He tells students about geodesy, the study of the shape of the earth. “Does anybody know what zenith means?” Wright’s question is met with several blank stares. “Zenith is defined as straight overhead,” he says. “Gravity helps us define what is up and down, and where zenith is. Level is perpendicular to the zenith.” 

    As they make their way back to the classroom, Wright rambles on about The Great Trigonometric Survey of India, the disruption of the zenith by the Himalayas and other such thoughts. By the lack of response, it was obvious that either the students’ saturation level had been reached or they didn’t share Wright’s passion on the subject.

    Student Chris Duck says he is not sure if he wants to be an engineer, but “Mr. Wright has introduced me to a lot of scientific-type projects that I may pursue over the summer.”  Duck is interested in a possible summer internship at the National Atmospheric and Space Administration’s balloon launch facility in Palestine, Texas. Wright told Duck about the opportunity after he reconnected with some of his Antarctica buddies there on his way down Colorado to New Orleans.

    Wright took the teaching job because he thought it would give him more time with his wife and two young children than he’s had in his recent years of globe trotting to chase the next adventure. However, when he got the call for the position only days before the start of the school year last August, it was too last-minute to uproot his family. “I’m here and my family is in Colorado,” he says.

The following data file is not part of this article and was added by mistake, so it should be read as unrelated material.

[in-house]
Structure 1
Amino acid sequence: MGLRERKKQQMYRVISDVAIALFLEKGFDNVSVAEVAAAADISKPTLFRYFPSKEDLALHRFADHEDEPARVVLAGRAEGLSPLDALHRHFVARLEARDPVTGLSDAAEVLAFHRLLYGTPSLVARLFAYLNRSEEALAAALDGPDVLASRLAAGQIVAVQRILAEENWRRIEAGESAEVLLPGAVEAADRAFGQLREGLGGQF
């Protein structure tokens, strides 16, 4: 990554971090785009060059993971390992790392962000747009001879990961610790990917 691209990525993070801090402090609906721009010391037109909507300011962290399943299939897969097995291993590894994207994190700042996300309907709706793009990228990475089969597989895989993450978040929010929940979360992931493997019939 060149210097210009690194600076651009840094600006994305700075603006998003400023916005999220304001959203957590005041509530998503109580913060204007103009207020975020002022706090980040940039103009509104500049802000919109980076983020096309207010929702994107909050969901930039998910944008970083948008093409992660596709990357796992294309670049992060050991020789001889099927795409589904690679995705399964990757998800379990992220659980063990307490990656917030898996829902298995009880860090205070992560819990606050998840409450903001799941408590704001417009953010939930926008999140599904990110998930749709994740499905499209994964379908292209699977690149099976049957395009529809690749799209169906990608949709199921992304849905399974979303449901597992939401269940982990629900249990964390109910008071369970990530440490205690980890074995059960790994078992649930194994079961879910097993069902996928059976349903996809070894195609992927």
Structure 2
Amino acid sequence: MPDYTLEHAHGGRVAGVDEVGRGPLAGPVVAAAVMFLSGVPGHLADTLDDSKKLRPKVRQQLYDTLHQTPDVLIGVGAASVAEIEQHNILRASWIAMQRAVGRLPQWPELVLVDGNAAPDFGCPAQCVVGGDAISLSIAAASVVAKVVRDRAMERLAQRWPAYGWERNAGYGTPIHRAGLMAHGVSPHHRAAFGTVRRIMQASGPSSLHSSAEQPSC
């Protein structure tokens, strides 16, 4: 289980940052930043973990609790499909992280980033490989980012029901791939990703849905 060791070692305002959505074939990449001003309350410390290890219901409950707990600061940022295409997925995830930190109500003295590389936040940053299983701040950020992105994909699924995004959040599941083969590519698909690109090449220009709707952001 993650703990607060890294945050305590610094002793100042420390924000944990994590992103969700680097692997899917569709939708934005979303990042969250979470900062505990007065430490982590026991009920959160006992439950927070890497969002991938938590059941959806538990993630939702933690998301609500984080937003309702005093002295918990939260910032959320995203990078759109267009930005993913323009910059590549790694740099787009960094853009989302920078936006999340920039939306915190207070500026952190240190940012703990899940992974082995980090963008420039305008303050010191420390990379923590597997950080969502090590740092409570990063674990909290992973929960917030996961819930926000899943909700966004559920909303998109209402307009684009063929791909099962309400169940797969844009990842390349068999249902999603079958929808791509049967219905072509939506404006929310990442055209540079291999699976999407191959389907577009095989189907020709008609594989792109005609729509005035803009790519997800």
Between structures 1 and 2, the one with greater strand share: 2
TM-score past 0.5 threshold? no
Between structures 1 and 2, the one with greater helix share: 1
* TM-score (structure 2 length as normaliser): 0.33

The Crescent City is a bit closer to his family than the South Pole and offers adventures of its own.  When he first got to town, Wright tagged along on a field trip to the levee failure sites that was organized by Steve Nelson, an earth science instructor at Tulane University. “I tried to track the benchmarks from the outfall canals,” he says. “I’m good at this, and I couldn’t find any one of them.”

    Wright’s been studying the IPET report, but says the whole Hurricane Katrina intrigue and ensuing scientific analysis is not what brought him to New Orleans. It was the teaching job, which he’s discovered has a different kind of satisfaction. “There is nothing more exciting than seeing that eureka moment when a student gets something,” he says.

    As a geologist who has spent a great deal of his life working in the mountains, Wright says he was intrigued by a people who choose to live below sea level, even after Katrina. “I’ve certainly found a different breed of cat who lives down here,” he says. “People are incredibly social here. Women I’ve never met before call me baby and honey. I also see, basically, that gratification is not commonly deferred. People here embrace the love of fun first before work is done.”

    Wright is working on the third version of a book about the Antarctic traverse project, a narrative of what transpired to bring it to fruition, everything that made the timing uniquely right. “The National Science Foundation doesn’t want us to tell the story for fear of backlash from environmentalists,” he says. “This story needs to be told, partly out of reverence for others who worked on the project.”

    Unlike the original constructors of New Orleans’ hurricane protection system, Wright has “very accurate field notes” of his exploration in Antarctica, he says. “My legacy will be to leave a set of notes that someone else can follow.”